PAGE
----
The enterprise collaboration market got a bit more competitive today with the release of the open source Zimbra collaboration and messaging server.
Zimbra, which has been in beta use for over a year has now officially released its' flagship product Zimbra Collaboration Suite 3.0 (ZCS) and made it generally available. Though Zimbra will work from a client point of view on Microsoft Windows desktops, it is not currently available for Windows Servers and will not challenge Microsoft Exchange directly on Windows. If an enterprise is looking to provide additional functionality beyond Exchange or to migrate to a Linux server though, the Zimbra technology may well be an attractive one.
Zimbra is a convergence of open source, Web Services and AJAX technologies. There are two fundamental components to the Zimbra solution, the collaboration server and the browser based AJAX client which will run on all major browsers.
Integrated search and anti-spam/anti-virus are core features of ZCS 3.0. RSS and Atom syndication enables users to not only subscribe to feeds but to publish their mailbox content whether it be email folders, contacts or calendar via RSS as well. On the calendaring side of things, ZCS 3.0 can import or export calendars via the iCal standard.
Web Services integration is also a key part of ZCS 3.0. Baked in capabilities include the ability to recognize map addresses in emails and pull up the associated map via the Yahoo maps API. Phone number recognition within ZCS, is integrated with Skype and other VoIP and softphone services to enable click to call functionality.
At the heart of ZCS's extensibility and Web Services feature set is something that Zimbra calls, "Zimlets". Zimbra defines Zimlets as a mechanism for integrating the Zimbra Collaboration Suite (ZCS) with third party information systems and content.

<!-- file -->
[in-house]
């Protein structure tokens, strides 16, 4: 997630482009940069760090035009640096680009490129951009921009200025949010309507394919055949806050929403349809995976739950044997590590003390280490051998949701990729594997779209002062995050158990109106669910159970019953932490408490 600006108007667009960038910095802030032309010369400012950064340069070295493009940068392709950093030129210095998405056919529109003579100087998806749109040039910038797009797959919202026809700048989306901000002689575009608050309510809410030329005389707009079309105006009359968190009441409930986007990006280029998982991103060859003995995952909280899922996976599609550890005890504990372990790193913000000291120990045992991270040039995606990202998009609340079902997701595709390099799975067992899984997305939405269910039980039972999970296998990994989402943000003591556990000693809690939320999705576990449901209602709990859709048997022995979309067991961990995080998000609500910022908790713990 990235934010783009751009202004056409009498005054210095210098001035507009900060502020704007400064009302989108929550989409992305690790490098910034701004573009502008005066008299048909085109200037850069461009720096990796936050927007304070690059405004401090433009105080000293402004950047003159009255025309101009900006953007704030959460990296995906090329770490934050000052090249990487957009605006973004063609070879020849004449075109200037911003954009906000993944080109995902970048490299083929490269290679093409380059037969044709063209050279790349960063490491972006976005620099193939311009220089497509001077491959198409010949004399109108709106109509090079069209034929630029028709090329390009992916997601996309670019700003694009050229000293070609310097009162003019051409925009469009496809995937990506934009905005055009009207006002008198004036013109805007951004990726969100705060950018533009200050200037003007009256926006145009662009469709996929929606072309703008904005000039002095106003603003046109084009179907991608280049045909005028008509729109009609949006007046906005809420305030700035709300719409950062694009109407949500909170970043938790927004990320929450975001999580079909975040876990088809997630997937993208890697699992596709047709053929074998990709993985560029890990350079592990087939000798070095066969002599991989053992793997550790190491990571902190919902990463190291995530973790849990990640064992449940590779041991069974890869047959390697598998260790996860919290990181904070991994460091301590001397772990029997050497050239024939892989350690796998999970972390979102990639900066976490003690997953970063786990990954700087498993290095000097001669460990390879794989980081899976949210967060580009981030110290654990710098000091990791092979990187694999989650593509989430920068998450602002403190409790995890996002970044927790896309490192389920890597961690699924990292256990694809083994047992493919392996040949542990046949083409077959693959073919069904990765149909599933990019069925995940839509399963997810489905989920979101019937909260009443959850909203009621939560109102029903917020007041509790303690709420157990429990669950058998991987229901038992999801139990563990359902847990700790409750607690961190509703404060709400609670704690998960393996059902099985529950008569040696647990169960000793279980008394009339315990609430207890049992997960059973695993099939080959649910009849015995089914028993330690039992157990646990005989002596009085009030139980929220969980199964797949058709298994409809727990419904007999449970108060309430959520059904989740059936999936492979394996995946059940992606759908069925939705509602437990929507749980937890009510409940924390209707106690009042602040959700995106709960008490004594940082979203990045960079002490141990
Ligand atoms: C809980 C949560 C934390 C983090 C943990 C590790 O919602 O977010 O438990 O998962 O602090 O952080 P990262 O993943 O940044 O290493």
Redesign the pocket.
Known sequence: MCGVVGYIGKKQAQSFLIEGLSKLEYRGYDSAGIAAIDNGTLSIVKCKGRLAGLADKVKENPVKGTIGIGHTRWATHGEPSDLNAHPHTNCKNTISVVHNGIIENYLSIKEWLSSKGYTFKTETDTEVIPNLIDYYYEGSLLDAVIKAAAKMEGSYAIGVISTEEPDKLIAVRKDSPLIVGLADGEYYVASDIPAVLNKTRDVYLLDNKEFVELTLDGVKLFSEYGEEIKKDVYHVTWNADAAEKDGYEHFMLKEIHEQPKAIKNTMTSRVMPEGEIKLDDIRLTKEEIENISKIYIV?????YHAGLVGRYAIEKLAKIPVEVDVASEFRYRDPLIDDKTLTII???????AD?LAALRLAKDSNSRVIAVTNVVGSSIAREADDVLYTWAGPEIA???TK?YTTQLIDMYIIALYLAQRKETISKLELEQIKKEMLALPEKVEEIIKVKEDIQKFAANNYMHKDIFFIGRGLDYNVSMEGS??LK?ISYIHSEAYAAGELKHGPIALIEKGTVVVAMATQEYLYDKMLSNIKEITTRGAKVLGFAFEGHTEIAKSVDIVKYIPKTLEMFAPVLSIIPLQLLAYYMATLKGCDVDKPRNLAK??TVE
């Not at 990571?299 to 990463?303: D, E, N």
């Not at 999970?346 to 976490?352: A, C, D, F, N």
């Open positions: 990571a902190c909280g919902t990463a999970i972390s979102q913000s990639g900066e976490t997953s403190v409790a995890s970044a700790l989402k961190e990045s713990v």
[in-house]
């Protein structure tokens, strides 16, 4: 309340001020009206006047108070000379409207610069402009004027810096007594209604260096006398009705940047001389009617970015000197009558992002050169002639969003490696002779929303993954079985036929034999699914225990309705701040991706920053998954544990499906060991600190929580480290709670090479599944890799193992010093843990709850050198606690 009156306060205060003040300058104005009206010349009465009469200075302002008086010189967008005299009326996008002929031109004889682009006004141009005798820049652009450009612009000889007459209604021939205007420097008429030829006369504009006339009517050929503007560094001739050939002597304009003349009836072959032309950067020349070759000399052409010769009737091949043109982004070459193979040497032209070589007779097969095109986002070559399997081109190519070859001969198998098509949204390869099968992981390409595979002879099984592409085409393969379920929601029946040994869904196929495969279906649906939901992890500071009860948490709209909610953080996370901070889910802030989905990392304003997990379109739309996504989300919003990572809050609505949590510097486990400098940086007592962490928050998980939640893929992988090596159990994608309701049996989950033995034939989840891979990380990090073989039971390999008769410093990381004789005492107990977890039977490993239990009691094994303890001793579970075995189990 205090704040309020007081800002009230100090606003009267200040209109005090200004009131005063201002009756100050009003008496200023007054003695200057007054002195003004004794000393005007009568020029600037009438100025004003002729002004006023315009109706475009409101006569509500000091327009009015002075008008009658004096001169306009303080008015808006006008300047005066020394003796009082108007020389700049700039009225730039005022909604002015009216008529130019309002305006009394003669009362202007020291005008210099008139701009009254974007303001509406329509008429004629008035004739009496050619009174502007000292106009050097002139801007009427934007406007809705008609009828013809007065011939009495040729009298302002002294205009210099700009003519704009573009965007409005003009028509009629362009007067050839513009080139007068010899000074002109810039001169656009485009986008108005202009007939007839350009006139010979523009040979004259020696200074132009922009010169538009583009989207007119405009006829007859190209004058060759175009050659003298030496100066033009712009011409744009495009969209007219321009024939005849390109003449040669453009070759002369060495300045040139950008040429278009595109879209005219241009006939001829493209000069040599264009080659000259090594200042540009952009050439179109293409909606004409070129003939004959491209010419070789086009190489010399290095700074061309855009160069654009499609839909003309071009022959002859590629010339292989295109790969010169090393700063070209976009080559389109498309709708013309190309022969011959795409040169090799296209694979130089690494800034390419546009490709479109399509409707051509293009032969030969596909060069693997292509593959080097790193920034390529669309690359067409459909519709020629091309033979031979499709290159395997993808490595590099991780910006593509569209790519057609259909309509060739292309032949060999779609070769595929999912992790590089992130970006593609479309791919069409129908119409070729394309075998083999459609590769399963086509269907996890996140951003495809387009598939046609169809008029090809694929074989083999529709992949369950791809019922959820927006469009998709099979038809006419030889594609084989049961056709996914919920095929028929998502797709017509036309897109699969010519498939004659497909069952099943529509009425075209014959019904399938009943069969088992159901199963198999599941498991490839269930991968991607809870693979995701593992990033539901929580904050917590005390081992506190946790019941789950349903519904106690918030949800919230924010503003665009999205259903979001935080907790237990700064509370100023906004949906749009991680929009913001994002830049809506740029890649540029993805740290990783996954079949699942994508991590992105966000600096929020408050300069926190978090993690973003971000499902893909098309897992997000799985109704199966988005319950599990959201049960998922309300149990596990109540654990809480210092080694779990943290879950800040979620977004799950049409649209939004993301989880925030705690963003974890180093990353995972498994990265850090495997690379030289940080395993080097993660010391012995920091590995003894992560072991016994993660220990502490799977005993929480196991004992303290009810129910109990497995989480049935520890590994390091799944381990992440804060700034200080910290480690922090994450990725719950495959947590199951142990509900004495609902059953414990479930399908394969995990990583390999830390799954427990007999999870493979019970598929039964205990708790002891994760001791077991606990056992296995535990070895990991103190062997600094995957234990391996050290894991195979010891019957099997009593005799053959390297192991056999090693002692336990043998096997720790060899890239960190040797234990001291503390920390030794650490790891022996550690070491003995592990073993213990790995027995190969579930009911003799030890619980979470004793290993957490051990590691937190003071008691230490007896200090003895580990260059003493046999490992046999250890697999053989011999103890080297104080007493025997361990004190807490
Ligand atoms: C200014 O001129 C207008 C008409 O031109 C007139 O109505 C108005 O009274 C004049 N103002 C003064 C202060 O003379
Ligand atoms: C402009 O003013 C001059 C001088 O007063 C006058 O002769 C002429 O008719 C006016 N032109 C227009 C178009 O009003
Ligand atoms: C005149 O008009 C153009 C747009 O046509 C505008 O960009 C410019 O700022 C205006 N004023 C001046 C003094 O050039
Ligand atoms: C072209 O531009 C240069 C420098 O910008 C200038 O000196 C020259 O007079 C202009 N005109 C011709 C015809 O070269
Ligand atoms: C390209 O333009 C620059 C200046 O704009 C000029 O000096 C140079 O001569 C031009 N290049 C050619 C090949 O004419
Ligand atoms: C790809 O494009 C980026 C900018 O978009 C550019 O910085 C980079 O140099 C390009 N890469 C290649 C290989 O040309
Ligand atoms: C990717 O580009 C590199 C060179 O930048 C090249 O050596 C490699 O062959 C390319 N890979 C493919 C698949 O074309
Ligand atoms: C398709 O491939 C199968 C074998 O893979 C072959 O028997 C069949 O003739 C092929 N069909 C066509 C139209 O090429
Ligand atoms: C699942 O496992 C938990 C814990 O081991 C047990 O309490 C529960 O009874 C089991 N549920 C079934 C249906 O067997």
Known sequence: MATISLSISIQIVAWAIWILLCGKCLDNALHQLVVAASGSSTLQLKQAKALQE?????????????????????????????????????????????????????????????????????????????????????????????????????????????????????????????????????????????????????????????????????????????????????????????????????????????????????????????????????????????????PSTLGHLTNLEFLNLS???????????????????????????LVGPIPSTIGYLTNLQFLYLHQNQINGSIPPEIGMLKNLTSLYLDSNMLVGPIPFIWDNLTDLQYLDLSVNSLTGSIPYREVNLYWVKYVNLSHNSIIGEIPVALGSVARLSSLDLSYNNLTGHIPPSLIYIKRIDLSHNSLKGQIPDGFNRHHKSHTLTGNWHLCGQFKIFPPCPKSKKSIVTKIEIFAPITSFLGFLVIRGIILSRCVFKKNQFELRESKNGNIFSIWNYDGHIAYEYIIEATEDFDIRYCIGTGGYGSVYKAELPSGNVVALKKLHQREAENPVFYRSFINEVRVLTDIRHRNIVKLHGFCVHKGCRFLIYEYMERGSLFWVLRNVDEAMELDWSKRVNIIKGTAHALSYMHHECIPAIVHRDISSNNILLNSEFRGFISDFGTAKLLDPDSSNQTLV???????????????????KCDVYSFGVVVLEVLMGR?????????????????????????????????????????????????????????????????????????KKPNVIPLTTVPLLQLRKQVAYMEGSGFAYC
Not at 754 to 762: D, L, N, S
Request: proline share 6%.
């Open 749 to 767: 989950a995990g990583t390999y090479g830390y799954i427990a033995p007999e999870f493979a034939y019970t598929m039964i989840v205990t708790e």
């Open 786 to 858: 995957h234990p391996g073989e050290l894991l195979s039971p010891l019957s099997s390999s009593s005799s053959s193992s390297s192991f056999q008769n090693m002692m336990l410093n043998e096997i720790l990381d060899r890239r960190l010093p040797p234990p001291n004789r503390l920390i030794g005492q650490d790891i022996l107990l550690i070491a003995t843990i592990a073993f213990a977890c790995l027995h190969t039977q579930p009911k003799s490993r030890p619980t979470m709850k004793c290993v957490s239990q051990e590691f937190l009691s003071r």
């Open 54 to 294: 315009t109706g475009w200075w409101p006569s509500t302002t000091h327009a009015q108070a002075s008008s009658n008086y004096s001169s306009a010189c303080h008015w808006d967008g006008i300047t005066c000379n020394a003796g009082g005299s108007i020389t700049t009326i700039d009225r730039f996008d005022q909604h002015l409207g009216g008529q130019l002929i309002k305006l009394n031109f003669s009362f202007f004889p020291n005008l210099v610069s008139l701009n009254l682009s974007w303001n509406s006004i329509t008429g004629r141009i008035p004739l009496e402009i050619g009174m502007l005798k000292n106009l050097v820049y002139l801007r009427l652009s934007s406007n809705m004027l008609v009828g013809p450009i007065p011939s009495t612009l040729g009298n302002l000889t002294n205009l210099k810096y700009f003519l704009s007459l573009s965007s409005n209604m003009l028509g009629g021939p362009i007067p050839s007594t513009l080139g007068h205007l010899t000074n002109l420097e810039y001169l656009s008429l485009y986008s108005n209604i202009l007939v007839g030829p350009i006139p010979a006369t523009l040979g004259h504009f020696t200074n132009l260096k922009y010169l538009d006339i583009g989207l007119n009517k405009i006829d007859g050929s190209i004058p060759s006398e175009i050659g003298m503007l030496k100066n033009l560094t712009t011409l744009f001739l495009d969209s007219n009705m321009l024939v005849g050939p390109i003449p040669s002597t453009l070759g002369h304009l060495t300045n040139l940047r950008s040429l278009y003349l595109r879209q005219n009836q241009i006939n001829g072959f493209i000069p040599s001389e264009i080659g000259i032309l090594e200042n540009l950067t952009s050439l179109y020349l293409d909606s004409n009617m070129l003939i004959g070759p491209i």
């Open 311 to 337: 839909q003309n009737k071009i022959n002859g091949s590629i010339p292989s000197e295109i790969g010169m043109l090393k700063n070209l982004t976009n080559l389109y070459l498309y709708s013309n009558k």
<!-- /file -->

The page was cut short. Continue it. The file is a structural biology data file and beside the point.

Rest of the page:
Scott Dietzen, president and CTO, Zimbra explained that Zimbra has been in alpha and beta for more than year with the first customers touching the technology in late 2004. It started off as mostly messaging no calendaring and no Zimlets.
"Open source community and customer feedback reinforced the AJAX model and were instrumental in getting us to support iCal, RSS and Atom, and especially around Zimlets," Dietzen told internetnews.com.
Zimlets are a key component of how Zimbra encourages community contributions and grow its functionality without breaking anything within Zimbra.
"What we've tried to accomplish with Zimlet and our AJAX toolkit is to make it a lot easier for people to develop add-ons that increase Zimbra's reach and value without them having to go in and make internal changes," Dietzen said.
Being open source has helped Zimbra to grow its technology and its user base, but it has also been the cause of some limited concern as well. Dietzen noted that in the beginning Zimbra received a "handful of concerns" about intellectual property related issues. Zimbra has since moved to allay end user concerns and provide assurances by sharing its intellectual property contribution agreement.
"As a result of SCO, enterprises are bit more aware and wanting to check to make sure that their open source technology providers are doing their homework to protect IP and make sure they can provide squeaky clean IP," Dietzen commented.